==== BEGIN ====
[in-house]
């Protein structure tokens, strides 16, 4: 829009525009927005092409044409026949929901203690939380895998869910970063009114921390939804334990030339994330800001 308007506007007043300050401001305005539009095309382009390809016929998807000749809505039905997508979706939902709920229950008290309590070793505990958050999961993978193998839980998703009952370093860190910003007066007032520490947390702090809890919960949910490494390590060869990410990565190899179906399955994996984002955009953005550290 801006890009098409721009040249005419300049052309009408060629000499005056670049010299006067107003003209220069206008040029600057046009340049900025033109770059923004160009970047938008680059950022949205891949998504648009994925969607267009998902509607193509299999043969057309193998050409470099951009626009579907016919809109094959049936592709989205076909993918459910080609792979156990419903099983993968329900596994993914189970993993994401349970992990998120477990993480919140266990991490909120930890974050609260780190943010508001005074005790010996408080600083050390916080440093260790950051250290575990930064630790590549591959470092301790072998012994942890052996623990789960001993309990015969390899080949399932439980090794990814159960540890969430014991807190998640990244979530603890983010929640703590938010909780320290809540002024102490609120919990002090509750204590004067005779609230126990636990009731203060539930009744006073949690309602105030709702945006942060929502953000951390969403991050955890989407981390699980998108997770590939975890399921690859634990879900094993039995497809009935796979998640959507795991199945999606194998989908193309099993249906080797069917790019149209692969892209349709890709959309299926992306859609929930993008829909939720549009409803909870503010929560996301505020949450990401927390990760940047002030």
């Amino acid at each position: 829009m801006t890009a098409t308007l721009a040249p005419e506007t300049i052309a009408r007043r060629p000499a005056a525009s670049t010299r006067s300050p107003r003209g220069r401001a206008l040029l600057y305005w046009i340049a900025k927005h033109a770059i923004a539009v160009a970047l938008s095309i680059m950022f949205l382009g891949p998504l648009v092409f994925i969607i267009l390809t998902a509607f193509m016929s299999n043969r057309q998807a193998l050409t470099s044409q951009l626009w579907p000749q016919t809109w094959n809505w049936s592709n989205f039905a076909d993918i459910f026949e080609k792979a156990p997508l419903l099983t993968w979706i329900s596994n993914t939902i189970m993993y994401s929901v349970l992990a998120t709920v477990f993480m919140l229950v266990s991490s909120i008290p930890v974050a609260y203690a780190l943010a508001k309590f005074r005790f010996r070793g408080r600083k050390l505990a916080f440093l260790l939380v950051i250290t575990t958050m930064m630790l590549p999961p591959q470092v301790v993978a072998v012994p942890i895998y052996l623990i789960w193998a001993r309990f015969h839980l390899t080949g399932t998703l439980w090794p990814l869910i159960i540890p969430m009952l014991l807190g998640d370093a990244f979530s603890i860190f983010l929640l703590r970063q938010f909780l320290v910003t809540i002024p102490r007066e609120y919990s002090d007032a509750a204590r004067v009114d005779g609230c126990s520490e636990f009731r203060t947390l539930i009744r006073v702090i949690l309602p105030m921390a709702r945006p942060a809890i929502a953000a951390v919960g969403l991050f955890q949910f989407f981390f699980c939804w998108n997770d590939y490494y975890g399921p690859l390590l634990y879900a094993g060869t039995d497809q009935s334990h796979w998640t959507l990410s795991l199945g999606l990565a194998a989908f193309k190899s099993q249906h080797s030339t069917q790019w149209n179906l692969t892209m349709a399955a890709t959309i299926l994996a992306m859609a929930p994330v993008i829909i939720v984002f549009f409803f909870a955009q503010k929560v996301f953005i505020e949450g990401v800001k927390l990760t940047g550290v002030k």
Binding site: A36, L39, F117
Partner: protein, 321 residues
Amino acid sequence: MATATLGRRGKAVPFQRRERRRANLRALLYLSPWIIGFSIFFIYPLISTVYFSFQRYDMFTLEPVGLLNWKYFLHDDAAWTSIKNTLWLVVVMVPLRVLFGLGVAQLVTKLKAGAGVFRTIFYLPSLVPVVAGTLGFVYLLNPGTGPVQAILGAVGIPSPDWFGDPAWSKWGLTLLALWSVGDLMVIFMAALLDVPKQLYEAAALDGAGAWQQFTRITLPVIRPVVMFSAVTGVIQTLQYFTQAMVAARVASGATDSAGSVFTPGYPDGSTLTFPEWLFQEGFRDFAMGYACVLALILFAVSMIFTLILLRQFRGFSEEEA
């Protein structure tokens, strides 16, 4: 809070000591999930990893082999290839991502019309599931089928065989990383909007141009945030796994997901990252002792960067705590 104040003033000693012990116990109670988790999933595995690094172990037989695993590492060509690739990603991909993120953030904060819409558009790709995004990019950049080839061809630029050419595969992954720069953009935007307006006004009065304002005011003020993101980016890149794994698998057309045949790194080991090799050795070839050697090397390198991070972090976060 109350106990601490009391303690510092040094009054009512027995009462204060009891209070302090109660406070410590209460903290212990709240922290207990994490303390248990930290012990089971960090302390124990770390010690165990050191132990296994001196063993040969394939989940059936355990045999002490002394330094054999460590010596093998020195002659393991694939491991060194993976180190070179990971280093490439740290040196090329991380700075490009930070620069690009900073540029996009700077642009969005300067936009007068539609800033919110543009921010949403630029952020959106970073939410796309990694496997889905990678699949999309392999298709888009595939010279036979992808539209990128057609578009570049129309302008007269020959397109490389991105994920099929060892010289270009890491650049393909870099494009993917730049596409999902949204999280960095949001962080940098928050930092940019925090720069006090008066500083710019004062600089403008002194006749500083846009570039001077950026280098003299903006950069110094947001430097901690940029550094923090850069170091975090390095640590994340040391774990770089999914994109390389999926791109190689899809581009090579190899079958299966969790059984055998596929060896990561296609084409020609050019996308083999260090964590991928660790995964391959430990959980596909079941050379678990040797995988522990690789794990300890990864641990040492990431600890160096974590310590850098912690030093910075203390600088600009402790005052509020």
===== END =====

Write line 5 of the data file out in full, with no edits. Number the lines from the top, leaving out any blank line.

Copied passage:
Partner: protein, 321 residues